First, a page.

Classroom walk throughs introductionPresentation Transcript
Classroom Walk Throughs 2011 Belmore South PS Initial Staff Meeting 7 th March 2011
Background to Quality Teaching Model
Quality Teaching What does it look like in Reading? The NSW model of pedagogy
The NSW model of pedagogy
draws together a range of research.
identifies eighteen elements that are indicators of quality teaching practice.
How is the NSW model of pedagogy useful?
Provides a tool for teachers to use to reflect on their teaching practice.
Can help teachers identify practices they do well and practices they might emphasise more.
Can guide the planning and redesigning of activities, lessons and units of work.
Provides a common vocabulary to use to talk about teaching and learning.
Which students benefit?
Research has demonstrated that:
all students K-12 benefit
benefits are not affected by race, ethnicity, gender or socio economic status.
Components of the NSW model of pedagogy
eighteen elements in three dimensions
the Intellectual Quality dimension is central
the Quality Learning Environment and Significance dimensions underpin Intellectual Quality .
The dimensions of the model Significance Quality Learning Environment Intellectual Quality
The elements of the model
Each dimension of the model is made up of six elements .
Intellectual quality Deep knowledge Deep understanding Problematic knowledge Higher-order thinking Metalanguage Substantive Communication
The elements of the model Quality learning environment Explicit quality criteria Engagement High expectations Social support Students’ self-regulation Student direction Most of these elements will be discussed and enhanced through our TPL in Assessment
The elements of the model Significance Background knowledge Cultural knowledge Knowledge integration Inclusivity Connectedness Narrative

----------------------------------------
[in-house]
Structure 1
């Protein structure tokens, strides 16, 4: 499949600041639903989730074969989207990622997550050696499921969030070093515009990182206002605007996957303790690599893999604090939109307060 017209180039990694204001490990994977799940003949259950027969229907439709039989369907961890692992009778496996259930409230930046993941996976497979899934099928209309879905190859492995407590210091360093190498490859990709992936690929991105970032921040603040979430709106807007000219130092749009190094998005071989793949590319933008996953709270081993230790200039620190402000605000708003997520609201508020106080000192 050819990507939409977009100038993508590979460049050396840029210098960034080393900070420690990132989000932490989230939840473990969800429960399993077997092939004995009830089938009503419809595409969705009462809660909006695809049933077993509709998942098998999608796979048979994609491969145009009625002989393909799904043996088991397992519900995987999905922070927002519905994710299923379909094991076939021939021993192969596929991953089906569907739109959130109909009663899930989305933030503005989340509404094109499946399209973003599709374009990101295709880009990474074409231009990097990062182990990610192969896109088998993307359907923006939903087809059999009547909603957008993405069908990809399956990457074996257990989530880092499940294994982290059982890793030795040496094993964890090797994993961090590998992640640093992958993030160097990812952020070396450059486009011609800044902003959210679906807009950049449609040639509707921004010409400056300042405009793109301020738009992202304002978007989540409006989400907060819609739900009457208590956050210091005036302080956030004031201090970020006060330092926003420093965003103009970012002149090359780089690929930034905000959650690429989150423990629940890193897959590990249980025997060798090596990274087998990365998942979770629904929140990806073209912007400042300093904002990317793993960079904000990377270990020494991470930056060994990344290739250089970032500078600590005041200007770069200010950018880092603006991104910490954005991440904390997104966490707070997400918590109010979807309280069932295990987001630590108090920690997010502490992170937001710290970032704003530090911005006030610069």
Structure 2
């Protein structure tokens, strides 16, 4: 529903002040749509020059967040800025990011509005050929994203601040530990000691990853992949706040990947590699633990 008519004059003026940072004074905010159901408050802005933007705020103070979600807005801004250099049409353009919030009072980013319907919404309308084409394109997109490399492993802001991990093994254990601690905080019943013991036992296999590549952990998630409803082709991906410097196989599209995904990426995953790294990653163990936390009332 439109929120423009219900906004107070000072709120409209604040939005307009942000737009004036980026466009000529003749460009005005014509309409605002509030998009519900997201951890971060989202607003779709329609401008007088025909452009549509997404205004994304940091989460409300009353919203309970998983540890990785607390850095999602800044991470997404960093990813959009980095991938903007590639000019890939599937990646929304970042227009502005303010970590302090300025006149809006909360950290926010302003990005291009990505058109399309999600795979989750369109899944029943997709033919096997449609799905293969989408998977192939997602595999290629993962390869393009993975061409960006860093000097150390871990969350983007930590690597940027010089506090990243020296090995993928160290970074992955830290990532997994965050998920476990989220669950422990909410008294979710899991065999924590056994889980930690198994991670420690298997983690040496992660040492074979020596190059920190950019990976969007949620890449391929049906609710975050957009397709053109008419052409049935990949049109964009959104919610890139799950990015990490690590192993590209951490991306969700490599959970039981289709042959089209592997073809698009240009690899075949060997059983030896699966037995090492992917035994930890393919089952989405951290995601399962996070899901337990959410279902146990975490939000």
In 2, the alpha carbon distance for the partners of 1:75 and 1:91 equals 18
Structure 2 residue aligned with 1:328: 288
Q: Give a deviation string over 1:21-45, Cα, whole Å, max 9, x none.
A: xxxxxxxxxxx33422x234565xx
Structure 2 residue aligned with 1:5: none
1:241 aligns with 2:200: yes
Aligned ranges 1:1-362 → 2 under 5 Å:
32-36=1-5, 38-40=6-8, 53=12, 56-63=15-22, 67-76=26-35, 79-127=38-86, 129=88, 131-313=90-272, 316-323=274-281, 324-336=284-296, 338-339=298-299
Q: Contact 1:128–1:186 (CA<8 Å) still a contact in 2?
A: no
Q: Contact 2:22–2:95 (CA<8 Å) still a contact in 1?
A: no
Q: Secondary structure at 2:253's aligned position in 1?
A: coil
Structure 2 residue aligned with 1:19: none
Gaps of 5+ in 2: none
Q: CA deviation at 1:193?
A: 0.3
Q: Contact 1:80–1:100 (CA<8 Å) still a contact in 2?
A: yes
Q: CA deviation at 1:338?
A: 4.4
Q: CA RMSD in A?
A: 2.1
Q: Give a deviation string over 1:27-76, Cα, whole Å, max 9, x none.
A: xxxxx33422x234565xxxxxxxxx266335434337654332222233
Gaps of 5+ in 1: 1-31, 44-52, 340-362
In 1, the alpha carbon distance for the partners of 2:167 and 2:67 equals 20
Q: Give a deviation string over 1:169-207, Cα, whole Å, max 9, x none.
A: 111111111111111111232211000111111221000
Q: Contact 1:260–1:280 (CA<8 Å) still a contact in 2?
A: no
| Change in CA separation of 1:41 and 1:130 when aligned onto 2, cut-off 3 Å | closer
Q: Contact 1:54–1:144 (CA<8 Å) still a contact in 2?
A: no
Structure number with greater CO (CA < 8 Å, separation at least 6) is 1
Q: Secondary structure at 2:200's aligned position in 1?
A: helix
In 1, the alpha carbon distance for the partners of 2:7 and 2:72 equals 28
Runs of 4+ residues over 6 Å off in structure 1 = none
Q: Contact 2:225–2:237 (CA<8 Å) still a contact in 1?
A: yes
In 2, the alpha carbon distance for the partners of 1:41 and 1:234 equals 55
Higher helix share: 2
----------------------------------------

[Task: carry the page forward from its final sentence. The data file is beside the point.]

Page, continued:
The elements of the model
How many elements in a lesson?
No expectation that every element should be seen in a single lesson.
At least one element from each dimension should be found in a lesson.
Across a unit of work all elements should be found.
developing an understanding of the element “connectedness”
developing an understanding of what this element looks like in reading groups
applying this element in teaching reading
Significance Making what we do more meaningful for our students.
Knowledge gathered in:
Linking the lesson content to one or more specific social groups.
Taking the pieces of the puzzle and fitting them together to form a bigger picture, by:
linking to other subjects/KLAs
linking to other topics within the language.
Are all students of all social groups included in the public work of the class?
Are the contributions of all students taken seriously and valued by their classmates and the
Connectedness SCHOOL REAL WORLD
The use of real examples such as menus, timetables, brochures.
Incorporating skills such as numeracy and literacy.
Real world skills and tools such as map-reading and the use of ICT play a vital role in connecting what happens in the classroom to the world beyond.
The use of stories or anecdotes to contextualise the learning, making it more meaningful.
Personal stories are better remembered by students.
Connectedness To what degree are students required to apply knowledge to real-life contexts or problems and can students relate their work to situations beyond the classroom?
making a connection to the
larger social context, adding value and meaning beyond the instructional context
Connectedness describes the extent to which the lesson has value and meaning beyond the instructional context , making a connection to the larger social context within which students live.
Two areas in which student work can exhibit some degree of connectedness are:
a real-world public problem; i.e., students confront an actual contemporary issue or problem
students' personal experiences
In a low-connectedness lesson with little or no value beyond the classroom,
activities are deemed important for success only in school (now or later), but for no other aspects of life.
Student work has no impact on others and serves only to certify their level of competence or compliance with the norms and routines of formal schooling.
Classroom Ideas #1
In designing tasks ask questions of students such as:
“ When would you need to know this?”
“ Why are we studying this?”
“ Who might be an appropriate audience for our work?”
Design tasks so that students are required to comment on the links between ideas/concepts and their own lives
Classroom Ideas #2
Look for aspects which are readily applied to contexts outside of school
Link tasks to current issues in the local community, media or popular culture
Draw on resources beyond the classroom such as internet, media, local resources
Explore the meaning and significance of the audience for student work
Classroom Ideas #4
Now it’s time for us to come up with what
will look like in our reading groups!
Group definition of “ Connectedness ”
Think – Pair - Square
(Individual definition -> paired definition -> small group definition)